the fixers
Interview

Donna Wong

Wong Donna Wong is a Kailua neighborhood board member who happened to be on an organized hike with Gene Lum when a group of horsemen stole nearby rancher Leonard Wong's cattle and slaughtered his prize bull. Wong and others also filed a 1989 Federal Elections Commission complaint alleging illegal foreign contributions to local politicians. Five years later, FEC investigators found more than 100 violations of federal campaign law.

Gene and Nora Lum | Japanese investment | farmers | foreign contributions


Q: What are the purposes of neighborhood boards here on the island?

Wong: To look at land issues, development, how things are changing, what is needed in the community, what is going on, what is good and what is bad.

Q: So it tends to look at things such as zoning restrictions. If somebody wants to build a hotel on a farm community or a business in a residential area, you would all consider it and advise on the issue.

Wong: Absolutely, yes.

Q: Did the sort of cases you were considering remain constant? Or did they vary?

Wong: Well, it depends...Not very many big issues came up in our small town of Kailua, except when a golf course was proposed in a very pristine valley, and then that was a shock.

...[We] learned that a foreign Japanese entity...was looking at purchasing over 1,000 acres and putting in two golf courses. And that was a shock: Where'd the golf course come from? Why a golf course in Kailua, and just basically what is going on? And we went from there to try and find out what was happening.

Q: So the sudden proposed golf course is a big deal. It would be something out of the ordinary.

Wong: Yes.

Q: It's not land that was earmarked for golf course development.

Wong: No, it was agricultural land. And until there was a change of the law in 1986, golf courses had to go through a permitting system. And then the law was changed and golf courses were automatically permitted on agricultural land, and then we came smack up against that, like what do we do now?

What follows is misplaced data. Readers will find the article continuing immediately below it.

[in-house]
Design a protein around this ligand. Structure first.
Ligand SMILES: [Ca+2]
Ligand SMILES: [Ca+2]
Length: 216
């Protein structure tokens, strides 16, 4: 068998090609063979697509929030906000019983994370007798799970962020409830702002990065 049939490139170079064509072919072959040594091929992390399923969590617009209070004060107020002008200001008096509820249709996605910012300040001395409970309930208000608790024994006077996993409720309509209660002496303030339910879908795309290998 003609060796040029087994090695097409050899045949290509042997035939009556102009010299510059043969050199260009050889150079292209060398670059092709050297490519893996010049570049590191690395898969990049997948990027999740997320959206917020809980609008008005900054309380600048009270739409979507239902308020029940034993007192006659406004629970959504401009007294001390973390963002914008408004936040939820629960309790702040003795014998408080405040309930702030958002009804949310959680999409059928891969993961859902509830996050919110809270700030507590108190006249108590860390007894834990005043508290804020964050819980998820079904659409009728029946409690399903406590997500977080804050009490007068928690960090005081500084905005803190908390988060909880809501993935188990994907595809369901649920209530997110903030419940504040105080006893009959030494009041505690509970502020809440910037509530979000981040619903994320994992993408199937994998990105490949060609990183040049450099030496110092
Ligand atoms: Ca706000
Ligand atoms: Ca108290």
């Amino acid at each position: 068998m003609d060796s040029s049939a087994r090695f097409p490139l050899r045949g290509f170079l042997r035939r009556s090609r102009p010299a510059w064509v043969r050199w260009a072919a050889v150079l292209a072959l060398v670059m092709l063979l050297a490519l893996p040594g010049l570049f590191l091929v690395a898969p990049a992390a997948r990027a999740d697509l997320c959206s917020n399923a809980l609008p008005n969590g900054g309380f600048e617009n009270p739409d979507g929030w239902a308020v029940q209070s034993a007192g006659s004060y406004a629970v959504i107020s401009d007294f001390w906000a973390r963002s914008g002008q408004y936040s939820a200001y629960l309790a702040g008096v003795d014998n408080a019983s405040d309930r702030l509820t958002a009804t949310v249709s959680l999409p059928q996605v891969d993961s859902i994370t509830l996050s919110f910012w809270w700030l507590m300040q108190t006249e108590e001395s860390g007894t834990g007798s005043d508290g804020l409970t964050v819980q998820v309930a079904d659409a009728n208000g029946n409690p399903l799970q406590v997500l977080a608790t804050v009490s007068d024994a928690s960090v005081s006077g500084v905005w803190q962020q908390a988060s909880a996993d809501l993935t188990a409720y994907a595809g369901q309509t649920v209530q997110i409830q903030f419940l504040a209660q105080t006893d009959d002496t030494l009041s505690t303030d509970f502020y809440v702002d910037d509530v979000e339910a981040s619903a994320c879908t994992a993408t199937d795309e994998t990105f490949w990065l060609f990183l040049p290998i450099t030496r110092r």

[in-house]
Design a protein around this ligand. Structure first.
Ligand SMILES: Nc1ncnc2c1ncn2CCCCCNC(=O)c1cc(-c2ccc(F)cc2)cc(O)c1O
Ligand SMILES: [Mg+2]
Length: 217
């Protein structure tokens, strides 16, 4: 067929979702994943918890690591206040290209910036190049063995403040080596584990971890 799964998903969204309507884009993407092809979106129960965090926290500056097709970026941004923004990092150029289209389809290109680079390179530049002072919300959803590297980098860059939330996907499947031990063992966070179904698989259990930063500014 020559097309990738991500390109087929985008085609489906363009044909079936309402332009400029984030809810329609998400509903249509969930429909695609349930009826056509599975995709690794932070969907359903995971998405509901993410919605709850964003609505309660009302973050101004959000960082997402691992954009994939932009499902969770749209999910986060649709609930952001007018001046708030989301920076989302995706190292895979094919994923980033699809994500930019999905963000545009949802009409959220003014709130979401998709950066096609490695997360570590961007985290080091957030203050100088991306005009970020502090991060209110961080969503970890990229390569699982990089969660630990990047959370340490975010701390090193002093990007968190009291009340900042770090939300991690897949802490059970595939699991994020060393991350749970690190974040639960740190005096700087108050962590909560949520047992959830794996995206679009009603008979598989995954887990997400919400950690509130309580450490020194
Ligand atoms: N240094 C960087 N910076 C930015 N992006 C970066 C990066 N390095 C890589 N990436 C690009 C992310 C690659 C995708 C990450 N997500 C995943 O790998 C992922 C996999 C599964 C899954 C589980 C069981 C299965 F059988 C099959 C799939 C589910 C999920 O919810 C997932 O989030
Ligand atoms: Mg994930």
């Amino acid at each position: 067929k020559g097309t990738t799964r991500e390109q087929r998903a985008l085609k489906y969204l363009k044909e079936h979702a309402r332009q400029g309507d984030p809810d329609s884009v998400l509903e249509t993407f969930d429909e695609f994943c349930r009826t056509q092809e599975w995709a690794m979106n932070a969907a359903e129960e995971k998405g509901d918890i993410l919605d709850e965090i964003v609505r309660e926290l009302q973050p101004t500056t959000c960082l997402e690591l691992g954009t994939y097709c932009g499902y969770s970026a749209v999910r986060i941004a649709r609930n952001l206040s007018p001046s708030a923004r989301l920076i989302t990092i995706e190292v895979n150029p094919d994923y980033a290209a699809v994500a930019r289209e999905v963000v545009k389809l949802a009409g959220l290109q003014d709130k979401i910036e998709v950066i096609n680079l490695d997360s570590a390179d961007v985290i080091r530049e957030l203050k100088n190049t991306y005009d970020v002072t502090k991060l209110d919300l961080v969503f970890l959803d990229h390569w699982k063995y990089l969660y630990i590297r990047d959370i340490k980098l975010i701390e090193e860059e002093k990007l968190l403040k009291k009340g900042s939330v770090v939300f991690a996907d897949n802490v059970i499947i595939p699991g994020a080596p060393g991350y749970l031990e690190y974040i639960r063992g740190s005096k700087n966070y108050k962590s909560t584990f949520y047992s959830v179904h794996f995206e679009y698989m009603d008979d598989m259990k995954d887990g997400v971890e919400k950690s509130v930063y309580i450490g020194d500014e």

Q: So the laws had, at one time, specifically prohibited the use of this land for recreational development?

Wong: It didn't prohibit it. There was a process that one had to go through to get the use of the land for a golf course, and that process was well understood. The change in the state law just erased that process. And now if you owned agricultural land, you could build a golf course...

Q: Why was the law changed?

Wong: Well, what we've come to learn now is to smooth the way for this Royal Hawaiian [Country Club] golf course in Kailua.

Q: So the Royal Hawaiian interests were locally powerful and prominent Hawaiians who were well enough connected to get the law changed?

Wong: Well, they were ethnic Hawaiians....[Some lived] in Hawaii, some acted as consultants, some acted as attorneys for foreign investment money.

Q: What was at stake?

Wong: What was at stake is there happened to be farmers on this...land. ...150 acres for each golf course, and there were two that were being proposed, and two that have permits. So what happens to these farmers? ...

Q: And what had the new landowner and the developers proposed be done with these farmers?

Wong: ...Well, there was a conditional use permit that said the farmers had first right of refusal for relocation. And the neighborhood board and others worked real hard to get that in so that there would be a safety net for the farmers.

Q: So that at least if they're going to be moved, and their land is going to be made into a golf course, they would have someplace else to live and presumably, to farm.

Wong: Right. So that provision was the first condition in this conditional use permit, and so we felt assured that they were sort of taken care of until someone came up to me personally and said, "Donna, we got an eviction notice. Don't we have any rights?" And so I proceeded to tell them, what about the conditional use permit? Well, neither the landowner nor the state had told them about this permit or about any of their rights. They just went in with this eviction notice and said, "You've got to get out of here."

Q: And were they evicted?

Wong: ...Thankfully, the community stepped in and raised the issue, and they would have been evicted if lawsuits had not been filed to stay off an eviction. Eventually, after four or five years they were evicted.

Q: So you all were able at least to hold up the eviction, and therefore hold up the development of this golf course for a few years. Is it at this point that Gene and Nora Lum enter the deal as fixers for the people who have tens of millions of dollars at stake in the project?